And at eight of its North American plants, Honda is recycling so diligently that the factories have gotten rid of their trash Dumpsters altogether.
Across the nation, an antigarbage strategy known as “zero waste” is moving from the fringes to the mainstream, taking hold in school cafeterias, national parks, restaurants, stadiums and corporations.
The movement is simple in concept if not always in execution: Produce less waste. Shun polystyrene foam containers or any other packaging that is not biodegradable. Recycle or compost whatever you can.
Though born of idealism, the zero-waste philosophy is now propelled by sobering realities, like the growing difficulty of securing permits for new landfills and an awareness that organic decay in landfills releases methane that helps warm the earth’s atmosphere.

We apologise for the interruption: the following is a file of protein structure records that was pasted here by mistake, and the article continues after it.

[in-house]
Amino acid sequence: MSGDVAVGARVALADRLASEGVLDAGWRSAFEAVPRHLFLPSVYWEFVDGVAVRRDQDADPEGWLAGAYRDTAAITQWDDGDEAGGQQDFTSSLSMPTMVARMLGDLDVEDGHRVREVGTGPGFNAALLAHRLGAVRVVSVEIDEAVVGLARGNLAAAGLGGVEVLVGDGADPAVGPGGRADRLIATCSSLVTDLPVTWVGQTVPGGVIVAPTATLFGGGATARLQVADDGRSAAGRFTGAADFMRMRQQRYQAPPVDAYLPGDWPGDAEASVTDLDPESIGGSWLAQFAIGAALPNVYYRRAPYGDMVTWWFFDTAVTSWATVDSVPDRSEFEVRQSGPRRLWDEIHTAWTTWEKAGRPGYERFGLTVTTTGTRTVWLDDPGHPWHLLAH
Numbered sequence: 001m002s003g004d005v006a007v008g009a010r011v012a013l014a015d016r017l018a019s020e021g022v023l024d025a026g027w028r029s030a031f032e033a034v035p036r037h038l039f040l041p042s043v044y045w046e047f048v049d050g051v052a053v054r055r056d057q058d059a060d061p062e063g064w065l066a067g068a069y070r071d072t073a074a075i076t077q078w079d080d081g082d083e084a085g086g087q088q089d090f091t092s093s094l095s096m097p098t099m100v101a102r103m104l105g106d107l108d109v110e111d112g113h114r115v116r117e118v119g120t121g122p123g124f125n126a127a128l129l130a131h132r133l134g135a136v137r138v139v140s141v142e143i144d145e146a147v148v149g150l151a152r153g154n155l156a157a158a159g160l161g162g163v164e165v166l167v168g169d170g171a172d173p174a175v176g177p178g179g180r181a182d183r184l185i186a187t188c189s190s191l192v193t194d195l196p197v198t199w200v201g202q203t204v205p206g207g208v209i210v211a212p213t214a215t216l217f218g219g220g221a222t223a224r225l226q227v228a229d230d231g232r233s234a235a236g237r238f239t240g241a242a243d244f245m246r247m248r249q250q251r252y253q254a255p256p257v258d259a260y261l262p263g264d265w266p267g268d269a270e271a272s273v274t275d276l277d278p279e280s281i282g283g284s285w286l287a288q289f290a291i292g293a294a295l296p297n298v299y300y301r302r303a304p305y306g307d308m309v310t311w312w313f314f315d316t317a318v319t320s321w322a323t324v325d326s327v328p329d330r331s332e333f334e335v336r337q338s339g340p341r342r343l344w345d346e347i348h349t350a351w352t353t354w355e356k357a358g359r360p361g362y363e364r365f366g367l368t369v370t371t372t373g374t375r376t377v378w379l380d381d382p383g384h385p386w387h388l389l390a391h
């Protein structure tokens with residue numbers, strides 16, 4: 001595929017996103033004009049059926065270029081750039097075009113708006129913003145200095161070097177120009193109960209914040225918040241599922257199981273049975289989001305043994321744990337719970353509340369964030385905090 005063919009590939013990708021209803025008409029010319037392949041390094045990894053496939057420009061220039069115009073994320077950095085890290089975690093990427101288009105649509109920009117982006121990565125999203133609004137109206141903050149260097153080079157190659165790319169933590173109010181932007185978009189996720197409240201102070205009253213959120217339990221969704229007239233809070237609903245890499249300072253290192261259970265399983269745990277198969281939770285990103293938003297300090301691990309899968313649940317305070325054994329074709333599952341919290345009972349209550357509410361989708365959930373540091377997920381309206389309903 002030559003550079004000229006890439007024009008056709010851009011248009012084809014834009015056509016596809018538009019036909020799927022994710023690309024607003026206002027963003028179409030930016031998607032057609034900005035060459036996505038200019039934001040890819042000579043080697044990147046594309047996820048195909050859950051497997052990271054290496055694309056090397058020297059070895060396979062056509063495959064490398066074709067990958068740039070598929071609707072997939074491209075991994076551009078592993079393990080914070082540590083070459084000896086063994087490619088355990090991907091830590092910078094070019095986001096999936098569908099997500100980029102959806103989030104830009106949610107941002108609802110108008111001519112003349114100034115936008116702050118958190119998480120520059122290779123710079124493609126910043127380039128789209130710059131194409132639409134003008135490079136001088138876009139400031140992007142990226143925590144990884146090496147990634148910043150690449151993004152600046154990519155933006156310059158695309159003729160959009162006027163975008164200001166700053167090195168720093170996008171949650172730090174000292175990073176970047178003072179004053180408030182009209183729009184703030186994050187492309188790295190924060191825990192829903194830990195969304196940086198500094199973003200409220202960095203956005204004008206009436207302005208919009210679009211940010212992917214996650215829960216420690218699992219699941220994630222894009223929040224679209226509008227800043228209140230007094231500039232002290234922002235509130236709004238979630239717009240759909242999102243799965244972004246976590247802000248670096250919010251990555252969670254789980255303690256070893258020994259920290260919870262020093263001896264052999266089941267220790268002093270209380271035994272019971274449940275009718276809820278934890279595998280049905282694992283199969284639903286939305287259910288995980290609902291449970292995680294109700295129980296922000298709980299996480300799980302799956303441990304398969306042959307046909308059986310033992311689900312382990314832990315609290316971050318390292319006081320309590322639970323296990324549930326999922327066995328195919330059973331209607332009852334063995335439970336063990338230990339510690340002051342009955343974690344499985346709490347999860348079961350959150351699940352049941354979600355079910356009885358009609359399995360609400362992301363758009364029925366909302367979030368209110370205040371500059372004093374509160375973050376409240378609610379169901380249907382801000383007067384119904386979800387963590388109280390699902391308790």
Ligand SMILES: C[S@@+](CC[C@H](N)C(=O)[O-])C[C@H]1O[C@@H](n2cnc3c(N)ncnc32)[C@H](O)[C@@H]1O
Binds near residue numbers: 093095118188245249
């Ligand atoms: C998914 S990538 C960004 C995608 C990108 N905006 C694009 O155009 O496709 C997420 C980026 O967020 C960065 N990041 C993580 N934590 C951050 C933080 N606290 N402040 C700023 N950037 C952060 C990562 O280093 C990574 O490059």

“Nobody wants a landfill sited anywhere near them, including in rural areas,” said Jon D. Johnston, a materials management branch chief for the Environmental Protection Agencywho is helping to lead the zero-waste movement in the Southeast. “We’ve come to this realization that landfill is valuable and we can’t bury things that don’t need to be buried.”
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